For example, “business outcomes first” is supported by “flawless day one and ongoing support for the entire workforce.” When you are a new employee at Intuit, we will have you up and running within an hour. You’ll have a laptop, mobile device, and anything else you need to do your job. If you are a developer, you can start coding right way; if you are in procurement, you can start procuring. We measure our performance on that priority.
We look at the number of help desk tickets logged by an employee in his or her first week, and IT follows new employees around and observes any problems they encounter. Based on what we learned from those metrics and observations, we proactively made the decision to schedule an appointment at our TechKnow Bar, inspired by Apple’s Genius Bar, with every new employee. The TechKnow Bars have a list of questions employees ask the most; this way, we can begin helping new employees before they even ask us anything.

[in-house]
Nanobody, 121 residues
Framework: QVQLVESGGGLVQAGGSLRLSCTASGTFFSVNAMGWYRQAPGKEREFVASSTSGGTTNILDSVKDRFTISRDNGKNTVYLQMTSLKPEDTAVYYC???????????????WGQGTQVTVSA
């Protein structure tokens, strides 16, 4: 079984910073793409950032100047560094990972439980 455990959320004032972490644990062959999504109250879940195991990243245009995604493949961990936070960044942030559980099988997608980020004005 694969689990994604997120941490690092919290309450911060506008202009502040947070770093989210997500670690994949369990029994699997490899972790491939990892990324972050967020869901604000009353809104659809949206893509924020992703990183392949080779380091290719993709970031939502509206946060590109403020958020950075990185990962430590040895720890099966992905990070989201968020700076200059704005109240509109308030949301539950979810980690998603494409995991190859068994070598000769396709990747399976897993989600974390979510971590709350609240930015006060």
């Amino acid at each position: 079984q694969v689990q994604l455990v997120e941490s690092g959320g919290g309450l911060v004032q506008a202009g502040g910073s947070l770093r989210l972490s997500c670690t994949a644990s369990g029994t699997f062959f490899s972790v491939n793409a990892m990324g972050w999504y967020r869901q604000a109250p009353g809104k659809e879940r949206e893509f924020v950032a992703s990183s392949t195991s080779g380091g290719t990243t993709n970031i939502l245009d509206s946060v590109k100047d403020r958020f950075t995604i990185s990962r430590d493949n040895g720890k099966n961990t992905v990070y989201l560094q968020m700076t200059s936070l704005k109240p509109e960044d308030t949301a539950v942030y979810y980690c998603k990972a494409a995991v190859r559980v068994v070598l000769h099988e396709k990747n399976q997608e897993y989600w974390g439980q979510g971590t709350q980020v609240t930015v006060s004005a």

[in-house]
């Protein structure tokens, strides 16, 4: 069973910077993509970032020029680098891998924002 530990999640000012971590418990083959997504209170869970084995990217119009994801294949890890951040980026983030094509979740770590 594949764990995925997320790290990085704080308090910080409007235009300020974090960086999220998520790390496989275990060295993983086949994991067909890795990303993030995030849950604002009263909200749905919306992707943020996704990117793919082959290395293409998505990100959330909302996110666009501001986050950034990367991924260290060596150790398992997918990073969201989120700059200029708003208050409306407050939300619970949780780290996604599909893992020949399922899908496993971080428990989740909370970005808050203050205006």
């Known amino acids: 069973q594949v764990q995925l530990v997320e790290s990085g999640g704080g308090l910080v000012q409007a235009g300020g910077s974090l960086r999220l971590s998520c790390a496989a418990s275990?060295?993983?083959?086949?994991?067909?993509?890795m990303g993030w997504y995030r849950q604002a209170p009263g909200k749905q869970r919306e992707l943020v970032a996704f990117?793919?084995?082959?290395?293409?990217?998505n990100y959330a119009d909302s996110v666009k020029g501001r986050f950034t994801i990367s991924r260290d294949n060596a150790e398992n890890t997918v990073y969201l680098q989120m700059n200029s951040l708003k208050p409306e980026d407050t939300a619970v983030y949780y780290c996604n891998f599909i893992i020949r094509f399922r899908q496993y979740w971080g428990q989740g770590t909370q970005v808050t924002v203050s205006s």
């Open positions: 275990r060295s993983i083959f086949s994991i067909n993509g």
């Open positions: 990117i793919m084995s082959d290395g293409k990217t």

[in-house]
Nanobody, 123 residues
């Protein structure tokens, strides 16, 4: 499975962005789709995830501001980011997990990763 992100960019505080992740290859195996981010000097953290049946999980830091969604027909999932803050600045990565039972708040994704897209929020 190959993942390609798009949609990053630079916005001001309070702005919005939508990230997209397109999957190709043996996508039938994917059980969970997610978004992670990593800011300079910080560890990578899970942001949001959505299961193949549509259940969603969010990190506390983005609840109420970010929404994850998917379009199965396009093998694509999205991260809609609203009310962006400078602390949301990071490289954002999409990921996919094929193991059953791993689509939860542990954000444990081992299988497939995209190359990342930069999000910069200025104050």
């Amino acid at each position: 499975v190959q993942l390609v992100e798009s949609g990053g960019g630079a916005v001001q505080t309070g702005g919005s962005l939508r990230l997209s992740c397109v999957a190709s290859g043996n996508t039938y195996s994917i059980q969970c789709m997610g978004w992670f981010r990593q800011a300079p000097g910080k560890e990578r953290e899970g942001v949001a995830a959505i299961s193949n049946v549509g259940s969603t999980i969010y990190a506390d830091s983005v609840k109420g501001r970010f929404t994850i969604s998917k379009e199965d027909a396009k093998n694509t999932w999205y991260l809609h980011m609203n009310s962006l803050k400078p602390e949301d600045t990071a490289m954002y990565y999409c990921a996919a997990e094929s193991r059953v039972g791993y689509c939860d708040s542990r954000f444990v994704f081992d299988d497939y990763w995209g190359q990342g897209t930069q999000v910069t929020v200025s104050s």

All of this is an example of business outcomes first: Our goal in IT is to “get our employees productive,” not “get them a laptop.” If you think about the business outcome first, you find creative ways to solve a problem.
Can you discuss another priority?
I can talk about “enable flawless billing and commerce experiences.” One of the metrics we track against that priority is the percentage of customers billed correctly. Our goal is 99.990 percent. In February, we were 99.823 and then 99.932 in March.
At first, my team resisted when we decided on this metric. They did not want to be accountable for another group’s mistake. For example, if someone in marketing sets up an offering incorrectly so that the customer receives the wrong billing, then the flawless billing metric takes a hit. My team felt that we should only be tracking metrics like uptime for the billing system.